A didactic account of the author's first year of Talmud study, originally published in Hungarian in 1927 and posthumously translated. Born Joseph Klein in 1882 in the small Hungarian village of Pata, Patai (who renamed himself after his hometown) was raised in the strictly Orthodox Jewish tradition. He wore sidelocks and fringed garments, observed all the rituals, and studied the Talmud in cheder (Hebrew school) before he ever learned to read Hungarian. This study captivated him. In his chronology of a year in and out of cheder, Patai intersperses idealized memories of learning with starry-eyed recollections of Jewish life in Hungary at the end of the 19th century. He remembers the thrill of first being allowed to look into the large volume of the Talmud and then finding out what lay within: the debates, the stories, the glory, the riches of his Jewish ancestors. He glosses over the poverty and anti-Semitism that his family endured—for Patai, everything else was obscured by his passion for the magnificent old text. He tries to impress the reader with the wonder of the Talmud by describing his own awe, supplying numerous illustrations from the text itself, and telling stories of the sages with examples of their erudition, wisdom, and piety. All of this, however eloquently expressed, only gives the reader the briefest glimpse of what Patai feels for the Talmud. The effect is not so much emotional as instructional: Seen in the context provided by the author's son, Raphael Patai (The Jewish Alchemists, p. 533, etc.), in his biographical introduction to the volume, this memoir is but one of many efforts to reacquaint a nation with what Patai perceived to be its dying culture. In this, the poet, author, and editor typifies the Eastern European Haskalah, or Jewish Renaissance, which sought to revive the golden age of Judaism by recovering its heroic past. A highly romanticized paean to the Jewish tradition of learning.

Pub Date: Oct. 1, 1994

ISBN: 0-8276-0517-X

Page Count: 140

Publisher: N/A

Review Posted Online: May 20, 2010

Kirkus Reviews Issue: Sept. 1, 1994

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Stricter than, say, Bergen Evans or W3 ("disinterested" means impartial — period), Strunk is in the last analysis...



Privately published by Strunk of Cornell in 1918 and revised by his student E. B. White in 1959, that "little book" is back again with more White updatings.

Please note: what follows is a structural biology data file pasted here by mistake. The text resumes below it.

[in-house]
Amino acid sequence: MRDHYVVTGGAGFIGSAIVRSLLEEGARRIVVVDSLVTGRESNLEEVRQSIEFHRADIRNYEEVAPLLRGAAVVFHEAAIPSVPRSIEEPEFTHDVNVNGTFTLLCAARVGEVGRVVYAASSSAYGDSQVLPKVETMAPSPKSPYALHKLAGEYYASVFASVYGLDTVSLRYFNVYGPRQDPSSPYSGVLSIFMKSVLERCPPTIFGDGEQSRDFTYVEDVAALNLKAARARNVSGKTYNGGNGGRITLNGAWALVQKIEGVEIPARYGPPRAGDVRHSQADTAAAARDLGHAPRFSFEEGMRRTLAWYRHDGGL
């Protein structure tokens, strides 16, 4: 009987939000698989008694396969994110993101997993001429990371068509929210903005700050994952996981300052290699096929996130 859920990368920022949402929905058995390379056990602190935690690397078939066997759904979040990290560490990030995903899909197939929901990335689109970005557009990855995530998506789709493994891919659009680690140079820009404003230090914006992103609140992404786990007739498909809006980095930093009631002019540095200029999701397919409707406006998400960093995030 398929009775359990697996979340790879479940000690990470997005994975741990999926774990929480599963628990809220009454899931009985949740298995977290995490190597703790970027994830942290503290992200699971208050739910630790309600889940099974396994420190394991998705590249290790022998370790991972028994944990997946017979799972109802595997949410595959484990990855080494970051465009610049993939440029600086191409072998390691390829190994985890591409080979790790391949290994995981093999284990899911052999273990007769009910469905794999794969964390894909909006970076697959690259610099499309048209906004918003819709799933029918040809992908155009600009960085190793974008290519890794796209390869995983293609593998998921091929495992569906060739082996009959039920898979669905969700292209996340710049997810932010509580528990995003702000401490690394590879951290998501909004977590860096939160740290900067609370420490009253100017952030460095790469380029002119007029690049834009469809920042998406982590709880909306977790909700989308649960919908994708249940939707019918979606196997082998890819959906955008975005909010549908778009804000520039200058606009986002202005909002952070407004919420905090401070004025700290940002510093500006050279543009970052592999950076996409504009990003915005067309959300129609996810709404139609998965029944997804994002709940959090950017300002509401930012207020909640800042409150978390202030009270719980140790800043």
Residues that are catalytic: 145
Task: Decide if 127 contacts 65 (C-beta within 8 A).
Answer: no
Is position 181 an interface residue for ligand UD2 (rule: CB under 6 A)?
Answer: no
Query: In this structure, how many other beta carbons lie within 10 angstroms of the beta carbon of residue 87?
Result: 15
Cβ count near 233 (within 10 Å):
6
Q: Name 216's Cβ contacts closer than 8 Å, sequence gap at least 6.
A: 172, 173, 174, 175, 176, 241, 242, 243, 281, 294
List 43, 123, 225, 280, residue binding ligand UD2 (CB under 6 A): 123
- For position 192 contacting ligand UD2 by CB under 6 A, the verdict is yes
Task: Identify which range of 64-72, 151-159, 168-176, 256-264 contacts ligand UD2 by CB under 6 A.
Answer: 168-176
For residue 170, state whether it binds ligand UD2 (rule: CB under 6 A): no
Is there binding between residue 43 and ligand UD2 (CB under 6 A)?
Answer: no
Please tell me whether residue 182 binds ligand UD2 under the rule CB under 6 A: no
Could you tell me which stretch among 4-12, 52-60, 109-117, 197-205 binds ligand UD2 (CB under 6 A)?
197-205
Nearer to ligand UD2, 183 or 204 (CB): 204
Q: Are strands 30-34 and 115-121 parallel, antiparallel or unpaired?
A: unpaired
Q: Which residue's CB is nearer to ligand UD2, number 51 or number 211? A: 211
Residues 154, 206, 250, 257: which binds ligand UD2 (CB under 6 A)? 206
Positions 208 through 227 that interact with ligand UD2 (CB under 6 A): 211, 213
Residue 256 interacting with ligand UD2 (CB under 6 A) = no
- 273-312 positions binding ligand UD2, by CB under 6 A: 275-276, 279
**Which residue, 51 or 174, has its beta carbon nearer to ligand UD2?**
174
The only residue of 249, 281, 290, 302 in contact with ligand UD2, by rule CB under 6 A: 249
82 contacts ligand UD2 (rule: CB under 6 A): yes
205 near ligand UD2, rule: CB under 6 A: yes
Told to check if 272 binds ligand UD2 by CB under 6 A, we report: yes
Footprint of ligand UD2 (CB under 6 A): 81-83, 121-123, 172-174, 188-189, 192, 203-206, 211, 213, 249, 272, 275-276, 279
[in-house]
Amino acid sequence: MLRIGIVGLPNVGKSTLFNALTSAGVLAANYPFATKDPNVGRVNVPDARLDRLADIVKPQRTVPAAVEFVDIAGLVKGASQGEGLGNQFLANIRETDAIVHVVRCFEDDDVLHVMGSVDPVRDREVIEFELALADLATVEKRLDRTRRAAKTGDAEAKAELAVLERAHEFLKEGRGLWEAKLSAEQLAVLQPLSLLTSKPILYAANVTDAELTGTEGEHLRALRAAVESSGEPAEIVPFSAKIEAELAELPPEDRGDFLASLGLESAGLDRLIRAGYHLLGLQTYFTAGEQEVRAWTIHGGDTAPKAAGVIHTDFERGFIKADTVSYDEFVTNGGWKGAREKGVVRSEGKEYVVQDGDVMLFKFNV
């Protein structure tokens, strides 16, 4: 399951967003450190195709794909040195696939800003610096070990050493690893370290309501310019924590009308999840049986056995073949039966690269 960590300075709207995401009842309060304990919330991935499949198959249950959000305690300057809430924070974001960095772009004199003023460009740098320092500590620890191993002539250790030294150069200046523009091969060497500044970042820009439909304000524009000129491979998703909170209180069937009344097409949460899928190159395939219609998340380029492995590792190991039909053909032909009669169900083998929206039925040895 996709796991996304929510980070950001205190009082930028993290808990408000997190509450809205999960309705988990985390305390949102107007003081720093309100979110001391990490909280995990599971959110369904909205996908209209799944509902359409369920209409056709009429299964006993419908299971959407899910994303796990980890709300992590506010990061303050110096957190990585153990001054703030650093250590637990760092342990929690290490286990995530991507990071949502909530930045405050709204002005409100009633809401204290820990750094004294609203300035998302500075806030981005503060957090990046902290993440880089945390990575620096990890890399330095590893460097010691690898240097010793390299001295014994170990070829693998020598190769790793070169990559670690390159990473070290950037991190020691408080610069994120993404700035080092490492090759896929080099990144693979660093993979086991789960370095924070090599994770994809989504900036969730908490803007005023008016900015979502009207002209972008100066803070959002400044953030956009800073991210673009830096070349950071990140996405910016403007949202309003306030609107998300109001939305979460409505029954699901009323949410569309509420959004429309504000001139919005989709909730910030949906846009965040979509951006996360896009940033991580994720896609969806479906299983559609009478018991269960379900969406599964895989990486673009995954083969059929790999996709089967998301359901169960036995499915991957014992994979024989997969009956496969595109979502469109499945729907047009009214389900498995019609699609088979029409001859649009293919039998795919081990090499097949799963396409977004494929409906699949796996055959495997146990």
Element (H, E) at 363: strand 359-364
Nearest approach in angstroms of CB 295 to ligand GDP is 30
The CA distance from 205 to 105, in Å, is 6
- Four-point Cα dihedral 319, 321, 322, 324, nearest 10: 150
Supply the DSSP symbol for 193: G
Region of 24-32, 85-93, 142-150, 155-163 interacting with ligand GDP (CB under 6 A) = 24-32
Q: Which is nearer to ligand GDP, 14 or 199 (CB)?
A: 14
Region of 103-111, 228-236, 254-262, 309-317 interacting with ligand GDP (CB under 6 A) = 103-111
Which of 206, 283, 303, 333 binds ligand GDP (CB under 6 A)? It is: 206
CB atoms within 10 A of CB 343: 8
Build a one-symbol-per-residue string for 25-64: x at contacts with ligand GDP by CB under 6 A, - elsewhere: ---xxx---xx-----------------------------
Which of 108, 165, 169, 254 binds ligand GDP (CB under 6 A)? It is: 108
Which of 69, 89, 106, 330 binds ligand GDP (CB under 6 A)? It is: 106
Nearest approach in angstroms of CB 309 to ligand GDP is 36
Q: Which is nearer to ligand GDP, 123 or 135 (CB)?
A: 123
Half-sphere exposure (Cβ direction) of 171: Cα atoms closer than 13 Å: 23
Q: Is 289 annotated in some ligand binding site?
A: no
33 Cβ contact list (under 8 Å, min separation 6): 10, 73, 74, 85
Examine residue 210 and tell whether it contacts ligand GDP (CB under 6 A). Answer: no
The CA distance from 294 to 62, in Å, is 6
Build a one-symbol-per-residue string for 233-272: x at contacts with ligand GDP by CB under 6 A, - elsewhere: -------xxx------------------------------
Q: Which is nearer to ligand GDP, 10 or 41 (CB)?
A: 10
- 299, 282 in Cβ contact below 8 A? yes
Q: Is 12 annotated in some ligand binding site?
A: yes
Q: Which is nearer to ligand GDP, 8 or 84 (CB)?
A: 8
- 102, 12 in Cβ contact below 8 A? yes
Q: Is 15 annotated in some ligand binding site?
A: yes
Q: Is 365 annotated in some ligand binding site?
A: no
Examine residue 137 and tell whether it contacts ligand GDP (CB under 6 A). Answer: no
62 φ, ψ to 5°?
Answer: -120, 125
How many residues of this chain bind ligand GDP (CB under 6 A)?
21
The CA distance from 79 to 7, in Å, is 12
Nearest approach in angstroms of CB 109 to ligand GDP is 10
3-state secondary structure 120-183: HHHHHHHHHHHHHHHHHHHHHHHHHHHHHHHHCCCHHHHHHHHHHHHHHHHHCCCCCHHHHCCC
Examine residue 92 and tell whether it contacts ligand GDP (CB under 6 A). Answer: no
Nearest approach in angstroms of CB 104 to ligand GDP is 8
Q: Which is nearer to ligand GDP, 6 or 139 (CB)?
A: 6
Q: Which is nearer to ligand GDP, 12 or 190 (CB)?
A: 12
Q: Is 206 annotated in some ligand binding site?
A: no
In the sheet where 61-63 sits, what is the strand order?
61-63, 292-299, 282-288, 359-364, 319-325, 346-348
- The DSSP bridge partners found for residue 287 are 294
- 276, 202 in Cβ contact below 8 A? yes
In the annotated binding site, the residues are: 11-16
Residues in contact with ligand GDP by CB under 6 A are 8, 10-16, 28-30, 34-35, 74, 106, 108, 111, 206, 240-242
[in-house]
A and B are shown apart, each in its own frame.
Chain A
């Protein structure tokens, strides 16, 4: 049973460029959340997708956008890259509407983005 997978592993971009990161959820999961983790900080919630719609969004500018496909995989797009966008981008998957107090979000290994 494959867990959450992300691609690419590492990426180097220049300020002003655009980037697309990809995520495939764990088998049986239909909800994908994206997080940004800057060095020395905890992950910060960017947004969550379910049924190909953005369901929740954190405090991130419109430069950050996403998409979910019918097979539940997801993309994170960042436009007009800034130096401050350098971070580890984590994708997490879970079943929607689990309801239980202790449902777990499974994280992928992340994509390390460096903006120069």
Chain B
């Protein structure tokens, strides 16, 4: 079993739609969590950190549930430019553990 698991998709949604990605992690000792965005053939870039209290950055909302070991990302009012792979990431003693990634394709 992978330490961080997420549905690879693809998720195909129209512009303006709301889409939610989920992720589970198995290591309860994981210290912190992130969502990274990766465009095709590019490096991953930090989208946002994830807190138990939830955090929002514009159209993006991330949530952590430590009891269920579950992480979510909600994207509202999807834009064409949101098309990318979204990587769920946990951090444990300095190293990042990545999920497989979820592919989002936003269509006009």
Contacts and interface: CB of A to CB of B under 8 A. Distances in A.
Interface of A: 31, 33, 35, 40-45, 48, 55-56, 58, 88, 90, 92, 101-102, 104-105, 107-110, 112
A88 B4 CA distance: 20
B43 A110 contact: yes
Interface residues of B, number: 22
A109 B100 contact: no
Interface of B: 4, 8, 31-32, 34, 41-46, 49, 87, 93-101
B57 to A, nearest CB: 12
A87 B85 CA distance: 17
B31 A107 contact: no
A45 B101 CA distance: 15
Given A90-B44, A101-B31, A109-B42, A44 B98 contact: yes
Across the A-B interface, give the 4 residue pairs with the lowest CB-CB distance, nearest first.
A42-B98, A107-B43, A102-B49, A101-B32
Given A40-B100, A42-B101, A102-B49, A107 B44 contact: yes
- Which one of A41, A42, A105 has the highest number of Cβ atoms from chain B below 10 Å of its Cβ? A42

Stricter than, say, Bergen Evans or W3 ("disinterested" means impartial — period), Strunk is in the last analysis (whoops — "A bankrupt expression") a unique guide (which means "without like or equal").

Pub Date: May 15, 1972

ISBN: 0205632645

Page Count: 105

Publisher: Macmillan

Review Posted Online: Oct. 28, 2011

Kirkus Reviews Issue: May 1, 1972

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From the national correspondent for PBS's MacNeil-Lehrer Newshour: a moving memoir of her youth in the Deep South and her role in desegregating the Univ. of Georgia. The eldest daughter of an army chaplain, Hunter-Gault was born in what she calls the ``first of many places that I would call `my place' ''—the small village of Due West, tucked away in a remote little corner of South Carolina. While her father served in Korea, Hunter-Gault and her mother moved first to Covington, Georgia, and then to Atlanta. In ``L.A.'' (lovely Atlanta), surrounded by her loving family and a close-knit black community, the author enjoyed a happy childhood participating in activities at church and at school, where her intellectual and leadership abilities soon were noticed by both faculty and peers. In high school, Hunter-Gault found herself studying the ``comic-strip character Brenda Starr as I might have studied a journalism textbook, had there been one.'' Determined to be a journalist, she applied to several colleges—all outside of Georgia, for ``to discourage the possibility that a black student would even think of applying to one of those white schools, the state provided money for black students'' to study out of state. Accepted at Michigan's Wayne State, the author was encouraged by local civil-rights leaders to apply, along with another classmate, to the Univ. of Georgia as well. Her application became a test of changing racial attitudes, as well as of the growing strength of the civil-rights movement in the South, and Gault became a national figure as she braved an onslaught of hostilities and harassment to become the first black woman to attend the university. A remarkably generous, fair-minded account of overcoming some of the biggest, and most intractable, obstacles ever deployed by southern racists. (Photographs—not seen.)

Pub Date: Nov. 1, 1992

ISBN: 0-374-17563-2

Page Count: 192

Publisher: Farrar, Straus and Giroux

Review Posted Online: May 20, 2010

Kirkus Reviews Issue: Sept. 1, 1992

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